This Saturday, thousands of spectators will crowd Baltimore’s Pimlico Race Course to watch the Preakness Stakes. This second leg of the Triple Crown has never been quite as famous as the Kentucky Derby or Belmont Stakes, but if anything, you’ve probably heard of its hard-partying reputation. In 2009, the Maryland Jockey Club banned the event’s longtime BYOB policy after videos of wild revelers went viral. Even under the new regulations, the Preakness parties have managed to stay rowdy -- just check out “Kegasus” -- but they weren’t always that way. For much of its history, the Preakness hosted the kind of uppercrust, waspy parties you’d expect at Churchill Downs in Louisville.
At the first-ever Preakness Stakes in 1873, the main source of entertainment was Itzel’s Fifth Regiment Band, which played selections from Verdi operas for the crowds. But attendees soon began dining, drinking, and socializing at the Old Clubhouse, a yellow Victorian building with white trim and a wrap-around porch. Although there was no formal dress code, you wouldn’t dare show your face at the Old Clubhouse without a sport coat (for gents) or ornate hat and dress (for ladies). Patrons had to reserve tables for Preakness day months in advance, and only VIPs could snag a coveted spot on the porch. Luncheons would continue at the Old Clubhouse for several decades, until a fire took out the building in 1966.
But the Old Clubhouse wasn’t the only ritzy aspect of Preakness parties. The Preakness Ball launched in 1936 at Baltimore’s Fifth Regiment Armory, and it was quite the swanky scene. As The Baltimore Sun recounts, guests were “greeted by two bands, a throne, a ceiling covered with ‘hundreds of yards’ of pastel blue material, and a dance floor enclosed by a rail similar to the one at Pimlico.” That throne, by the way, was reserved for the “Queen of the Preakness,” who was crowned with an entire court of princesses and duchesses around midnight.
In subsequent years, this ball moved to the grand ballroom of the Lord Baltimore Hotel. Classic crooners like Cab Calloway would entertain the socialites, but by the ‘60s, the gala was already showing a wild streak. In 1961, a stripper named Blaze Starr appeared as the “Spirit of Preakness” by swinging from the ceiling in a G-string decorated with black-eyed Susans, the state’s official flower, as a Dixieland band played. Starr even floated petals to the guests below her, who scrambled for them like bridesmaids at a bouquet toss.
It’s unclear exactly when the Preakness Ball ended, but the festivities at the Pimlico infield soon became the main attraction. Spectators showed up early to picnic and drink -- and since there were no restrictions at the time, they came with heavy provisions. Photos from 1975 show men hauling trashcans (presumably) full of alcohol and in 1986, no one was batting an eye at friends moving an actual couch loaded with coolers and tubs.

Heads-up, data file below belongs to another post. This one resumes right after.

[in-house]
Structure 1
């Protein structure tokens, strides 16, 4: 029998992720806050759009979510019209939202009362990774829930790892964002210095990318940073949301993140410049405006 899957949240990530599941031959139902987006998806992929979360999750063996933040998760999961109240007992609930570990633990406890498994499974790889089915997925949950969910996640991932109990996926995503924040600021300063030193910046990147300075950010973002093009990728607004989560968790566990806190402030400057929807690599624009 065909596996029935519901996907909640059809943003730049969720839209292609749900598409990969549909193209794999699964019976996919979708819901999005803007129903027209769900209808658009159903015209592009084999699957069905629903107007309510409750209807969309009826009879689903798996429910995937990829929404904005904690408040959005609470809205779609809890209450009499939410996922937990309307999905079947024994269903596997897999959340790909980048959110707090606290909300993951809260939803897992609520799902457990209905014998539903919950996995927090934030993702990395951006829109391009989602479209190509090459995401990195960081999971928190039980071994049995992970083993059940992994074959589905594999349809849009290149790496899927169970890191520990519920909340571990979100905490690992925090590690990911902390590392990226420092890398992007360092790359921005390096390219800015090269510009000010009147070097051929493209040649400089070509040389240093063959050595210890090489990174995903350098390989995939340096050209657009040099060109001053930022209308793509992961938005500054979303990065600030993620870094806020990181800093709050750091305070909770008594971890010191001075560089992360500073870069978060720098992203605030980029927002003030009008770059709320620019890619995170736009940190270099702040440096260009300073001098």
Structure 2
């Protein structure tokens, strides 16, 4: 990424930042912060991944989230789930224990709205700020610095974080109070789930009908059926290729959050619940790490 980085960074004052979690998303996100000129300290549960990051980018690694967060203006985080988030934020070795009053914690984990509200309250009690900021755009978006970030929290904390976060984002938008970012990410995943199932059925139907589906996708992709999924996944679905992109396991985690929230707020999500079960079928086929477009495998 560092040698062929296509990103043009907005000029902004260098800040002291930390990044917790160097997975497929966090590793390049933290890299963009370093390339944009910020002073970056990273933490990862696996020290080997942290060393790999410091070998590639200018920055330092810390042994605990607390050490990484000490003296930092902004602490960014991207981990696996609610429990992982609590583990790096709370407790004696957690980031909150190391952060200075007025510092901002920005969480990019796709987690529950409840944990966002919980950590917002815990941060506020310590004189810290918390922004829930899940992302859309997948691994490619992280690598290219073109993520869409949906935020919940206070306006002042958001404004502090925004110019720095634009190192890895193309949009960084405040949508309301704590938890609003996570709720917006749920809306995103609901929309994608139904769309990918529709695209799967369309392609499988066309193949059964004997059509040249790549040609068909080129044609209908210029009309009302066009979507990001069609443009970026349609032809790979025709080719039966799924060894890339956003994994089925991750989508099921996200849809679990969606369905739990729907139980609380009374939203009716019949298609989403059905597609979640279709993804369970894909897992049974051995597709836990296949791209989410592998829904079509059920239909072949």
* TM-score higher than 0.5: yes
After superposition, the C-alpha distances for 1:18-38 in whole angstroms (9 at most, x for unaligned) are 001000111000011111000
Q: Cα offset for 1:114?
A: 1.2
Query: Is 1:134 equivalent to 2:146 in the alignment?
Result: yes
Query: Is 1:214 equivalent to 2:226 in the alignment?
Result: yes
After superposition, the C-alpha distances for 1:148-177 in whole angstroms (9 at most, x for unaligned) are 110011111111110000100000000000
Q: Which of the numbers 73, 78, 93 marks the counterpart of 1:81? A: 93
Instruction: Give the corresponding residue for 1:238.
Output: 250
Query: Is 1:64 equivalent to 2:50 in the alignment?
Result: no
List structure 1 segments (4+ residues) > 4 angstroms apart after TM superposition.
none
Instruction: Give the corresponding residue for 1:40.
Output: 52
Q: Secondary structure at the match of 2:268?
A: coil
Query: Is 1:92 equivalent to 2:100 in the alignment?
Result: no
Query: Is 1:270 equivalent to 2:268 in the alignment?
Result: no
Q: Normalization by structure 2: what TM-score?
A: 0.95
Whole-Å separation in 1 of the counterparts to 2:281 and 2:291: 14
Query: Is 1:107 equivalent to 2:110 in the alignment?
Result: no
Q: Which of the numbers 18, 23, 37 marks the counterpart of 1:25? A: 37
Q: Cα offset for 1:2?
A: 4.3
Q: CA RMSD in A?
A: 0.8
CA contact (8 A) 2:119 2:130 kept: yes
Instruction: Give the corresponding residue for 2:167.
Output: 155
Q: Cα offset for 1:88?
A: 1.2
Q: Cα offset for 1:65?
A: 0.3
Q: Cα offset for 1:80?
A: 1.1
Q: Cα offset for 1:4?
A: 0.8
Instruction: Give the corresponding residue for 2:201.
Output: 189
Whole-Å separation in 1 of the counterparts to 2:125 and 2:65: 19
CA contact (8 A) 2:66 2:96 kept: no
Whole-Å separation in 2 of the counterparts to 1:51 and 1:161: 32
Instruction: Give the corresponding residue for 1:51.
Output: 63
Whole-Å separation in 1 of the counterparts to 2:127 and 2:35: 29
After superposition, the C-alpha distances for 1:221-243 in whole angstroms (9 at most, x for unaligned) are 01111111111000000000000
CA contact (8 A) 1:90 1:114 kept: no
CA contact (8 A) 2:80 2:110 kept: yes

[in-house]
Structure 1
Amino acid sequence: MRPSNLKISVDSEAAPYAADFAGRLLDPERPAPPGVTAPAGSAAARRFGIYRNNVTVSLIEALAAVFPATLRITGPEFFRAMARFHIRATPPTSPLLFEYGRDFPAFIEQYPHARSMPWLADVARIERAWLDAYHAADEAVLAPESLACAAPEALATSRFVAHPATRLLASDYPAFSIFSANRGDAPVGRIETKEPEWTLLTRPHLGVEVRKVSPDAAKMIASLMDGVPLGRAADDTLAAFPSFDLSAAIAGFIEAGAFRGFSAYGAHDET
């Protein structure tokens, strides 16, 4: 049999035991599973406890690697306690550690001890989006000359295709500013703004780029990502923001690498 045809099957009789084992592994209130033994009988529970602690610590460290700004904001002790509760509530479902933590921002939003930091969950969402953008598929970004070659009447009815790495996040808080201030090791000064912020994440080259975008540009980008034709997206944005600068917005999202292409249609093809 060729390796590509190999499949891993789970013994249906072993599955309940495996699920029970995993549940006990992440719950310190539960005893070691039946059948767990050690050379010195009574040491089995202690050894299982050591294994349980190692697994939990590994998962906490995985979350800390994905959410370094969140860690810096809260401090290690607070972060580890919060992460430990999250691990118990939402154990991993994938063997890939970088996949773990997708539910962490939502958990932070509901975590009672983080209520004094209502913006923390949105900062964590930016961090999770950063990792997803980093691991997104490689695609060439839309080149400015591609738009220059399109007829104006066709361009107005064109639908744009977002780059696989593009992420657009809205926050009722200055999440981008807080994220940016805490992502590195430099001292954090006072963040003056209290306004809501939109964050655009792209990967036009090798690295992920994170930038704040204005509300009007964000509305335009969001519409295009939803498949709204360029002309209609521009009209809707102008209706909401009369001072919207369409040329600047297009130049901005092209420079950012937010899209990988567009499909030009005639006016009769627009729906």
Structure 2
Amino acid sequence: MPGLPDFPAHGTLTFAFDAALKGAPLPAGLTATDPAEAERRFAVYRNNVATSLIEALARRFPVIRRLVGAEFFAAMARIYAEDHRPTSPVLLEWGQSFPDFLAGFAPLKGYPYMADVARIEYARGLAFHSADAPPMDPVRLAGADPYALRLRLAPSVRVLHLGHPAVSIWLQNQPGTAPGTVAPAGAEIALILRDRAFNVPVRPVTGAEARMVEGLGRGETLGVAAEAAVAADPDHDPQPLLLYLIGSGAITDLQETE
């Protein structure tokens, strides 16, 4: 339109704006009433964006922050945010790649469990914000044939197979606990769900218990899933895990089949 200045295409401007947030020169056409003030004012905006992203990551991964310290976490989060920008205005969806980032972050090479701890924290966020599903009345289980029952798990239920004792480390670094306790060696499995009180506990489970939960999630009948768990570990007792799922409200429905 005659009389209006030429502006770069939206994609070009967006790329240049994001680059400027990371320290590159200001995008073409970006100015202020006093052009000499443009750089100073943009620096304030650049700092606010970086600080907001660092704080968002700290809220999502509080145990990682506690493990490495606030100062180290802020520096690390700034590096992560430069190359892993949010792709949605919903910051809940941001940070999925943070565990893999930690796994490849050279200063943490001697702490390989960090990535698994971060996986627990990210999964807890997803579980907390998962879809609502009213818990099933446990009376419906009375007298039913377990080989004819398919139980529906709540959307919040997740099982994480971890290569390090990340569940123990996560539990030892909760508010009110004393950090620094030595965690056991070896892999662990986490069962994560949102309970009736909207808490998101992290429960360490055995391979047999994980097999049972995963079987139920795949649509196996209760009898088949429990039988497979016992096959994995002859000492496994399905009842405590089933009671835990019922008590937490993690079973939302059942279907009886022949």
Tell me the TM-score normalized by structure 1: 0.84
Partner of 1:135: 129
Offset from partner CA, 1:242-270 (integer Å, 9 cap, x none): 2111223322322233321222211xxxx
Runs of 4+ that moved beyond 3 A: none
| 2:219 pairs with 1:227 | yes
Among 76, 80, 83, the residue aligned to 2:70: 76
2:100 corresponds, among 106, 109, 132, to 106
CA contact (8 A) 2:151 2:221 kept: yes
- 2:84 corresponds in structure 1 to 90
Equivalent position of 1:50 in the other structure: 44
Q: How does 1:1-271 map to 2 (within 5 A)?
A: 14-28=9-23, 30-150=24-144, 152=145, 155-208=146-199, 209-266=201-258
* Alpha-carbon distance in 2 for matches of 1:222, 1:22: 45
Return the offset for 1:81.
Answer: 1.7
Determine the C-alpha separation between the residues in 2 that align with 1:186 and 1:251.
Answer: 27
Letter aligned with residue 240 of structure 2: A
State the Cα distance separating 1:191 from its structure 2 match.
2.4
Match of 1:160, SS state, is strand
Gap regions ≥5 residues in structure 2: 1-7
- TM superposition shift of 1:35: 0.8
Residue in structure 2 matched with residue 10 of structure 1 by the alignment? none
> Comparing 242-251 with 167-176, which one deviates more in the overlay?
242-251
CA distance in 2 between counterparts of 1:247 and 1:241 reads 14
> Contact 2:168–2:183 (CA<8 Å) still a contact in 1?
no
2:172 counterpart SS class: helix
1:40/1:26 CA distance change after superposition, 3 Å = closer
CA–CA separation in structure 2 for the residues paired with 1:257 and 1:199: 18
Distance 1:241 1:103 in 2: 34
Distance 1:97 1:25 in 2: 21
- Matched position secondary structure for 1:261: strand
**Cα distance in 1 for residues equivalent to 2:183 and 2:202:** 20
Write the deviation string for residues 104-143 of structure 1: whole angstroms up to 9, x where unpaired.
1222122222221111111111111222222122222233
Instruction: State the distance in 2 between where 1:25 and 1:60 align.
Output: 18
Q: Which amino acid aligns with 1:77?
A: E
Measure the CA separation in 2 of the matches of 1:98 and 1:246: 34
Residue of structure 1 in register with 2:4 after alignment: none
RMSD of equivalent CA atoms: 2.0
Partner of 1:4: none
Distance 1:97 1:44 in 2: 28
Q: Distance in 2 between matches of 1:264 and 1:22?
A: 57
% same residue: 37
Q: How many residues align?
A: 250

These informal infield celebrations got drastically out of hand by the time the new millennium rolled around. At that point, beer-fueled slip ‘n slides and hollowed-out “horse beer bongs” were the norm. But it wasn’t until the infamous “running of the urinals” hit the Internet that officials intervened. Starting in 2007, brave, boozed-up individuals climbed atop rows of Porta-Potties and made a mad dash straight across as onlookers whipped beer cans at them. (Some foolhardy runners even tried to jump between the rows, to disastrous results.) Videos of the stunt spread across the web over the next two years, and it put the event organizers under a bit of scrutiny. This led to the 2009 ban on outside beverages, which proved to be a risky move on the Maryland Jockey Club’s part. That year, attendance dropped from 112,222 disorderly guests to 77,850 miserly attendees.
To combat the dwindling numbers, the Preakness organizers offered $20 bottomless beer mugs the next year. In 2011, they added fratty elements like the Kegasus mascot and a bikini contest to further entice young people, who were promised “a 10-hour party to celebrate a two-minute race.” Some derided the marketing spin as crass, but it worked: attendance once again shot past the 100k mark, topping at 131,680 in 2015.
This year’s revelries remain to be seen, but if the bands and bikini contest booked for the Jägermeister Stage are any indication, the days of society balls and clubhouse luncheons are fixed firmly in the rearview mirror. The Queen of the Preakness is dead, long live Kegasus.
Feature image via Wikicommons